Hear that? Plentyis made of Williams's unmistakable physical gifts, and they were on vividdisplay last week. It's not for nothing that Williams has won four of her sixcareer majors on the lawns of the All¬†England Club, a surface that rewardsmovement and power. The best athlete in the history of women's tennis, Williamsscurried from sideline to sideline, not only reaching every ball but alsoblasting it back. Her average serve for the tournament traveled at115¬†mph, a speed that all but seven other female players failed to clockeven once. Williams even won her share of points at the net. But ultimatelythis was more a triumph of will than of ability. For all her other assets,Williams possesses the most precious tennis gift of all: boundlessself-confidence. Like Serena, Venus is, as she puts it, "a big-matchplayer." To her way of thinking, self-belief conquers all, from stale formto nagging injuries.
In her first- andthird-round matches Williams struggled to find the court with her groundstrokes and was a few points from losing to no-names. On the brink ofelimination, however, she summoned her best tennis, simply refusing to miss aball. Then she faced three of the WTA's top six players--Russia's MariaSharapova and Svetlana Kuznetsova and Serbia's Ana Ivanovic--and madesteak-and-kidney pie of each of them. Like most courtside observers, Williamssensed fear across the net. "No matter what [I'm] ranked, I think the otherplayers feel at a disadvantage," she says. "They feel like they have toplay their best, and I have to play not my best."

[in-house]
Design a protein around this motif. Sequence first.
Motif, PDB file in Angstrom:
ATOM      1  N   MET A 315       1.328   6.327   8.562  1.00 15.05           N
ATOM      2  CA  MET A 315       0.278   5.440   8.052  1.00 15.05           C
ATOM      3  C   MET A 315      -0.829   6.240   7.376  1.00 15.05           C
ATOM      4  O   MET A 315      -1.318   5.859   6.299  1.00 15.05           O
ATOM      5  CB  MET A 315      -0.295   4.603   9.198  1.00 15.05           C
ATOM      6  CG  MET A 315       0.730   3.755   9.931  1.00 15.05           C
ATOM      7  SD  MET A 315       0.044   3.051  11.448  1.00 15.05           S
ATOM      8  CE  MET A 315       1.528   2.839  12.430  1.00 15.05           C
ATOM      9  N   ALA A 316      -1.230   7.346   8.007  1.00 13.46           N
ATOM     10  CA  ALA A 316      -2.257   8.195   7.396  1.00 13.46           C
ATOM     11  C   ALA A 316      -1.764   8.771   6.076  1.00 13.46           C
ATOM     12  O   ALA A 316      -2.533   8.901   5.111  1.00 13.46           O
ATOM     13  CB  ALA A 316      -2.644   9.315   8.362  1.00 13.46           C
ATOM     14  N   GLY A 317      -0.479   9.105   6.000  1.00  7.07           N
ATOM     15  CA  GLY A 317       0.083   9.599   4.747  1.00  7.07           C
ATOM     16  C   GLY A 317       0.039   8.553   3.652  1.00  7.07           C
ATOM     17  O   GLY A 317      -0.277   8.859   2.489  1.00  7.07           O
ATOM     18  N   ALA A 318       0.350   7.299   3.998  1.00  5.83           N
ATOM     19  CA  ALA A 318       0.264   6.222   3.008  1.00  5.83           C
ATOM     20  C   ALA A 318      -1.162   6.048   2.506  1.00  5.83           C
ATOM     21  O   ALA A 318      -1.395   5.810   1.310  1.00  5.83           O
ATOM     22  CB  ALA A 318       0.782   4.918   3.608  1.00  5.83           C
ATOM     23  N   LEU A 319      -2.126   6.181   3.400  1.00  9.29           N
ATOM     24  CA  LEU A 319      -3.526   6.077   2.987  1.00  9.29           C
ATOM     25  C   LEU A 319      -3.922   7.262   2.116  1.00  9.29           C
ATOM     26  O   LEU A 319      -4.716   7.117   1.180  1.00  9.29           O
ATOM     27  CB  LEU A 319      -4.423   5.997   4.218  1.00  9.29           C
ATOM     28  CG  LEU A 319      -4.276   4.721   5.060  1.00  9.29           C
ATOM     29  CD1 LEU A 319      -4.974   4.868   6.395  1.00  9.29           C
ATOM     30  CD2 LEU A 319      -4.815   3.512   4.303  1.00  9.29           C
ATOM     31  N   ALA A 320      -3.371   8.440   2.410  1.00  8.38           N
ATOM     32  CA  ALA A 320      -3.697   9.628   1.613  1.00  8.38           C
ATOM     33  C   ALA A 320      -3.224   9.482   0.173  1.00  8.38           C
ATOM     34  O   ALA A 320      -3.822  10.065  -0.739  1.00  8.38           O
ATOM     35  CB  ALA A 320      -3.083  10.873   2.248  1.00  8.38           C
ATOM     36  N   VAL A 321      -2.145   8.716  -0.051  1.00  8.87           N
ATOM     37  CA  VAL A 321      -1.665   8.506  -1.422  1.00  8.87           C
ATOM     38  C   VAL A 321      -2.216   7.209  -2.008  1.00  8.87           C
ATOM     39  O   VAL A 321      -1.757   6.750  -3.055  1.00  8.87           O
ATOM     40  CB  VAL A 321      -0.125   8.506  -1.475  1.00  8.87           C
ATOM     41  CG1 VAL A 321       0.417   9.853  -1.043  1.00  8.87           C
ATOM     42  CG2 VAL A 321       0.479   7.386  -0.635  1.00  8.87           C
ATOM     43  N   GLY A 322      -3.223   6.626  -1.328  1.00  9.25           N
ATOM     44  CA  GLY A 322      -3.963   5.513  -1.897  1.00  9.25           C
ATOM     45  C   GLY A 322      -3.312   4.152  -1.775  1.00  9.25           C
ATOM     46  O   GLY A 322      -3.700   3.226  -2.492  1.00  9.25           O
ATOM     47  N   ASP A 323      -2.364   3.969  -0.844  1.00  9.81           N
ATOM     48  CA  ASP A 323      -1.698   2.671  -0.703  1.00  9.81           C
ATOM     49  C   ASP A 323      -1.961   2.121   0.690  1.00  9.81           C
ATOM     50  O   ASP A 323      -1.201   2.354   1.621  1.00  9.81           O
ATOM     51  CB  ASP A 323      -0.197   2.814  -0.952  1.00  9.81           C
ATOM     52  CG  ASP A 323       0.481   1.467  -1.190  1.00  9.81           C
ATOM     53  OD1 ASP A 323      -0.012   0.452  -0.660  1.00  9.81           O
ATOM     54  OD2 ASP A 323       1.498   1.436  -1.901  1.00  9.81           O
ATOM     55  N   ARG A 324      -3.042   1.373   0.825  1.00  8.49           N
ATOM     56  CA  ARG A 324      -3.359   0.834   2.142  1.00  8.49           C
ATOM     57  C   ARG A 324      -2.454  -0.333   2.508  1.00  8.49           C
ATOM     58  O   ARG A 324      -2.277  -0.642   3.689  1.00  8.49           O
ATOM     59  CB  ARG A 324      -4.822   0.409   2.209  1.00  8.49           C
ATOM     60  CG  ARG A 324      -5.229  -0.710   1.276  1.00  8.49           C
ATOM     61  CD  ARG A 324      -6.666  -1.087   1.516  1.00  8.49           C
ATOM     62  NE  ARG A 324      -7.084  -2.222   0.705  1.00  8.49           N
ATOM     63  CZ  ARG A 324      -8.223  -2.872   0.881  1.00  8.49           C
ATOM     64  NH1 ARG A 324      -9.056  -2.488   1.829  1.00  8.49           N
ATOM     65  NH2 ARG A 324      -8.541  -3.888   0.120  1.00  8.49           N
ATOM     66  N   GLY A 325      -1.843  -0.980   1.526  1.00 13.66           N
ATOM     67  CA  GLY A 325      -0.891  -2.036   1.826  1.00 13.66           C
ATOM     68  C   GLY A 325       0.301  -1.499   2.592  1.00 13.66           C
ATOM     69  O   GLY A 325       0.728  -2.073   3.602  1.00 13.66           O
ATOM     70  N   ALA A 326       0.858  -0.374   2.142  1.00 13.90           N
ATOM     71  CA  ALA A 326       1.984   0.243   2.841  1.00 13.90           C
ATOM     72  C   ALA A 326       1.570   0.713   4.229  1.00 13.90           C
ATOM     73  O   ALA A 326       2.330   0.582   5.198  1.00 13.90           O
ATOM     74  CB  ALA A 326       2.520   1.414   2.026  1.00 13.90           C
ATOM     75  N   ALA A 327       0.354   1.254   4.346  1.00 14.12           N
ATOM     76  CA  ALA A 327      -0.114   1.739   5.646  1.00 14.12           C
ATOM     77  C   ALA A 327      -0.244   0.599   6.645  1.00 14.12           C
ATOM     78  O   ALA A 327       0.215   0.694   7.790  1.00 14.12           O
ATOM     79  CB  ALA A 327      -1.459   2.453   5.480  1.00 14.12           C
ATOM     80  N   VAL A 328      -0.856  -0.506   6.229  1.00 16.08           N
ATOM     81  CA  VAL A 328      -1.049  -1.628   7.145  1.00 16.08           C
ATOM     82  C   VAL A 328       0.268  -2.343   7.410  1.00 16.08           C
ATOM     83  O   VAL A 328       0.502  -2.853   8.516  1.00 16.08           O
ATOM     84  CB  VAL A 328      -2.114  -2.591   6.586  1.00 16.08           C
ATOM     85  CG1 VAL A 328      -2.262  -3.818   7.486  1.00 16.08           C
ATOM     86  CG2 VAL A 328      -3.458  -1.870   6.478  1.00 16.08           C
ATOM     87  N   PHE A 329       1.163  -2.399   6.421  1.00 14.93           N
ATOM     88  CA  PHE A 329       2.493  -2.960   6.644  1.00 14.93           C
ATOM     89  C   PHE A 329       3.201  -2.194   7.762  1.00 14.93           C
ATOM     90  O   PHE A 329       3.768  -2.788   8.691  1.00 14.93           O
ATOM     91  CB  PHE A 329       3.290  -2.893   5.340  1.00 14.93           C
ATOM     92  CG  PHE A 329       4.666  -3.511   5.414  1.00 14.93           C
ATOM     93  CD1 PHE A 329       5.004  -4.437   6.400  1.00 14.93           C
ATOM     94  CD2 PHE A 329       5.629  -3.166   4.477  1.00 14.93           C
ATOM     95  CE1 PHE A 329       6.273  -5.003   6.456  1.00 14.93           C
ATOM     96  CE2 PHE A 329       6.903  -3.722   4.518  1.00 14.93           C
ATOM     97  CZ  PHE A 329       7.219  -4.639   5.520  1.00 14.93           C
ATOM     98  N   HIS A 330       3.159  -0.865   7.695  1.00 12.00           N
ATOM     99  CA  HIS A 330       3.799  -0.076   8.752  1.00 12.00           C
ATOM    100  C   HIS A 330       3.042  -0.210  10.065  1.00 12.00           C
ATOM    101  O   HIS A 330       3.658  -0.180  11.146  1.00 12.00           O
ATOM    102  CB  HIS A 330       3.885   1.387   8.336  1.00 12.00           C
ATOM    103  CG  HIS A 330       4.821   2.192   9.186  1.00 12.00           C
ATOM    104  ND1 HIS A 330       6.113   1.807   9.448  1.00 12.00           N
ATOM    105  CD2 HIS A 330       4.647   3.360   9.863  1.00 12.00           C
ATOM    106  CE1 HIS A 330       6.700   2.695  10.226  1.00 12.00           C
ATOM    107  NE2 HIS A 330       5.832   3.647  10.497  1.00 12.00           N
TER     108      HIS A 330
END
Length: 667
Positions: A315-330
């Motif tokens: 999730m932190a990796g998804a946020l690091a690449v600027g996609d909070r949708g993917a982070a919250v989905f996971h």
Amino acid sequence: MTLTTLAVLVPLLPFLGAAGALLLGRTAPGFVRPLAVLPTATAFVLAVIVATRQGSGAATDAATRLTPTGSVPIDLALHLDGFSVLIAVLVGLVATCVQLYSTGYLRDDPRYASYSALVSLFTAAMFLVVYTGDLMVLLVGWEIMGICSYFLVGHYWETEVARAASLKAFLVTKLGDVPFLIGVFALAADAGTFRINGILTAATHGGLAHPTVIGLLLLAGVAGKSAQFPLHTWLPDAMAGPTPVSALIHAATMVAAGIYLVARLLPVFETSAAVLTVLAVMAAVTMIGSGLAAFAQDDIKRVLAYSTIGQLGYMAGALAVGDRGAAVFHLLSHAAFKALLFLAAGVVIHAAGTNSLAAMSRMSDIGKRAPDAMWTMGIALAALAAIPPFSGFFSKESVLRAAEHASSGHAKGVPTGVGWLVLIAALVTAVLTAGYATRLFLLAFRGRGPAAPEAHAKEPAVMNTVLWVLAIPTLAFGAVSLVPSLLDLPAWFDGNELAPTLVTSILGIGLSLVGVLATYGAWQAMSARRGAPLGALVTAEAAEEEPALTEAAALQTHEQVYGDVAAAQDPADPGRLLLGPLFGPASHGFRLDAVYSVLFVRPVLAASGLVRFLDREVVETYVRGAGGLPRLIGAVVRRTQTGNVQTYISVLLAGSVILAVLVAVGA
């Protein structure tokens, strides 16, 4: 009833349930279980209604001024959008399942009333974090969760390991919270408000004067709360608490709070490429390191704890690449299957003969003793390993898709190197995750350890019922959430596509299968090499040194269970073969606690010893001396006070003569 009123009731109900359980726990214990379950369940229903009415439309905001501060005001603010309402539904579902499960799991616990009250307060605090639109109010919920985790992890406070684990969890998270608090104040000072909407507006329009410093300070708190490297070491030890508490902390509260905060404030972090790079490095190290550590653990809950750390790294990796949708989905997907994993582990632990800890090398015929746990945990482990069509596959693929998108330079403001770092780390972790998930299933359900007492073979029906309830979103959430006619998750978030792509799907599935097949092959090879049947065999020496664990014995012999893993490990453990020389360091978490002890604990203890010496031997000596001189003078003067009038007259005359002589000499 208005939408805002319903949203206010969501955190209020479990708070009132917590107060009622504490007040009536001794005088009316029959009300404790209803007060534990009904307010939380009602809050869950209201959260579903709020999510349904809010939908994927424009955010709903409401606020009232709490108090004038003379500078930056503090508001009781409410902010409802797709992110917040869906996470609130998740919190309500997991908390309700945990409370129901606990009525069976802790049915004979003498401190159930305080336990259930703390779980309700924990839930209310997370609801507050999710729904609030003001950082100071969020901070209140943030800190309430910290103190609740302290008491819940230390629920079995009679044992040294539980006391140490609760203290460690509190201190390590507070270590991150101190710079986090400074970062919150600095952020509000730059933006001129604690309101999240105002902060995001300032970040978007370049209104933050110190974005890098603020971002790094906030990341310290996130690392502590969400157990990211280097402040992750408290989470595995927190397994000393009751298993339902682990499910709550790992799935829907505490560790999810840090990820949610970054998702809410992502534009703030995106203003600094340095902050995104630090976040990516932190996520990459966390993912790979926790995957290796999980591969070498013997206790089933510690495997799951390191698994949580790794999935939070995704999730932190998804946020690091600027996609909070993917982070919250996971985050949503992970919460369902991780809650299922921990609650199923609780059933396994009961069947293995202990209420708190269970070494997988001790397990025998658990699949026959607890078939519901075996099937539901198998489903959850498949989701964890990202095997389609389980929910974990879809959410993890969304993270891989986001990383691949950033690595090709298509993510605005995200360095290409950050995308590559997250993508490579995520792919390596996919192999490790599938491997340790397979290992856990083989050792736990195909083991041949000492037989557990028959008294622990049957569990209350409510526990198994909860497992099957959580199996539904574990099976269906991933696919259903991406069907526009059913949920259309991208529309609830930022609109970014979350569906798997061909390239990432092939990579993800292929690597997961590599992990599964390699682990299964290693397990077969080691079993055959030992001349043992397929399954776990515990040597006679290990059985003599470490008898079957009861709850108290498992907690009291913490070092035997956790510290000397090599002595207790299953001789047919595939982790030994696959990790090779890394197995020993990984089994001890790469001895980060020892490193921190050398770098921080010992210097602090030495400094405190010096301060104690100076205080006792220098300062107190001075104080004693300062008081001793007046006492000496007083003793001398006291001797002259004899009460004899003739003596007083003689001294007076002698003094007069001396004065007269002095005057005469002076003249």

In the finalWilliams held off Marion Bartoli, an endearing, little-known French player whonoted that Pierce Brosnan's courtside presence inspired her seismic semifinalupset of top-seed Justine Henin. Coached by her father, Walter Bartoli, adoctor who quit his practice in a rural town to travel with her, Marion playsquirky tennis predicated on angles rather than on brute force. Williams wasinitially thrown off by Bartoli's unconventional style and two-fisted forehand,but she adjusted, showing a knack for strategy and finesse that she's tooseldom credited with having. "When she plays like this on grass, it's notpossible to beat her," Bartoli said. "She's just too good, youknow?"